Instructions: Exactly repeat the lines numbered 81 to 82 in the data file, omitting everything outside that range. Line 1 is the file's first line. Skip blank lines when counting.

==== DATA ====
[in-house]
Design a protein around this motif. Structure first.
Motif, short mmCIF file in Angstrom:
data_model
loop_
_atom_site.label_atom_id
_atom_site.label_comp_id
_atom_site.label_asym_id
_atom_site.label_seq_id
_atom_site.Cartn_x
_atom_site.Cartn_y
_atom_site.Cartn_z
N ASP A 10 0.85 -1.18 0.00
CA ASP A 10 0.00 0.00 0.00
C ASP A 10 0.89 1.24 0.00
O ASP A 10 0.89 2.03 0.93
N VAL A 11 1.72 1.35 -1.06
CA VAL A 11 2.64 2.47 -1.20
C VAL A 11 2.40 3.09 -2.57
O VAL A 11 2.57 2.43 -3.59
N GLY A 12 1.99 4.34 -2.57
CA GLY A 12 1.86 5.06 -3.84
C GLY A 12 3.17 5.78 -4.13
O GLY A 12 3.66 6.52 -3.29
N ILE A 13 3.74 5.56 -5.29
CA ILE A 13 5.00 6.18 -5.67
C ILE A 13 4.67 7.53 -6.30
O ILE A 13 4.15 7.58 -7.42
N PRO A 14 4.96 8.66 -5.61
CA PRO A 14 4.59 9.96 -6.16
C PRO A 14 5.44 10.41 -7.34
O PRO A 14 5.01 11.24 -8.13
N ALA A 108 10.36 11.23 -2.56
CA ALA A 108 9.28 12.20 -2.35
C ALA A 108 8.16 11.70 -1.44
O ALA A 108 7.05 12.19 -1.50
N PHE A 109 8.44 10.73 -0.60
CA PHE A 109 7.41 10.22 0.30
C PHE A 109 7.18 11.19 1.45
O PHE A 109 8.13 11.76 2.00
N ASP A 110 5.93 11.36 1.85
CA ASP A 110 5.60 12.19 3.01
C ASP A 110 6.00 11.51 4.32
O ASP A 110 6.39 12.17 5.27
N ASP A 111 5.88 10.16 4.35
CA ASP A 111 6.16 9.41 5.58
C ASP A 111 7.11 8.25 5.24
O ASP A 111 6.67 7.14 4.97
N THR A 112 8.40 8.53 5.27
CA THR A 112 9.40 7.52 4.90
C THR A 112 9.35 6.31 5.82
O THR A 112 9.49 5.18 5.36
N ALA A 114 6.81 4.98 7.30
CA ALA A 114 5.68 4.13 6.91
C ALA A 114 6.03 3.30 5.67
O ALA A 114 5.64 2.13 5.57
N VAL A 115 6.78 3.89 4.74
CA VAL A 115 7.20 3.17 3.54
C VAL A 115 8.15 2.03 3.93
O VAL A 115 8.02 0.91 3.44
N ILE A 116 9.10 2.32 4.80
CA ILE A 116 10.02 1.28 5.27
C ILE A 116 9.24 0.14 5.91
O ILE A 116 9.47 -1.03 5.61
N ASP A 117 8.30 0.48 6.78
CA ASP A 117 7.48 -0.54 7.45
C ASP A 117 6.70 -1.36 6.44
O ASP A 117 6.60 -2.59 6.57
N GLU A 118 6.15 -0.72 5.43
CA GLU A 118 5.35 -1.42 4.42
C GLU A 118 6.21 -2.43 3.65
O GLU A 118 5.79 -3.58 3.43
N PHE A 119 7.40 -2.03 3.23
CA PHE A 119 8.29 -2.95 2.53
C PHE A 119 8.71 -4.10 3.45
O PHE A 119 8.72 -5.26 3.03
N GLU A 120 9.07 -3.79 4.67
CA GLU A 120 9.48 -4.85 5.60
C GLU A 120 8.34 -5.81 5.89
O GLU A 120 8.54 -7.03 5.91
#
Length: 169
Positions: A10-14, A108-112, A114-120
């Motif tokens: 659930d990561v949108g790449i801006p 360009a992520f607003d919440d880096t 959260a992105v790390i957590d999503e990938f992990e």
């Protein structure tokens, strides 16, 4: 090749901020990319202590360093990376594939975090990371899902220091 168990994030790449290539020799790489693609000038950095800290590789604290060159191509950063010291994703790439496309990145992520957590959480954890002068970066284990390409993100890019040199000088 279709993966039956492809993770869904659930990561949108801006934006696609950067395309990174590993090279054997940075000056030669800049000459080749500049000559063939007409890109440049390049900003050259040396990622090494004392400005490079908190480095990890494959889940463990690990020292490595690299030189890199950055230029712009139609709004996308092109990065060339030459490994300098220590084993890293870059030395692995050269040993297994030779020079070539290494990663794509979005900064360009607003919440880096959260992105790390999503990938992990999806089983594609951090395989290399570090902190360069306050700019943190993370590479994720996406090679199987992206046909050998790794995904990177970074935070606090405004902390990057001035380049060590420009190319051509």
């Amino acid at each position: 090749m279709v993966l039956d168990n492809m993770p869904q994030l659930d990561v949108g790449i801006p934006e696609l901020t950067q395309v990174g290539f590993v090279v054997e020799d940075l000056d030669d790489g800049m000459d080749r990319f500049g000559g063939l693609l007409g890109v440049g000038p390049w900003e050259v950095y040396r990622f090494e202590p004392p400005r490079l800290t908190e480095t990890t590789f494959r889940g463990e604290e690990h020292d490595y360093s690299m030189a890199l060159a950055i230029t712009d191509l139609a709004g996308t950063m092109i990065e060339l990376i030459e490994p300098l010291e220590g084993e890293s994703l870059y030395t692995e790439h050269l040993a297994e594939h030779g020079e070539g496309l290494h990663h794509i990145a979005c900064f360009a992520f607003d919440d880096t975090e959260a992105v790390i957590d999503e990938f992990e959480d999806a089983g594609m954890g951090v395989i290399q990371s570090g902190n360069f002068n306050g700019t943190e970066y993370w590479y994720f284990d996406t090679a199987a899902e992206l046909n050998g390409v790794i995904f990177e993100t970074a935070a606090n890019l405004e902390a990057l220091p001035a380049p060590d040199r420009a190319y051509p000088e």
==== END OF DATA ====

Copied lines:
#
Length: 169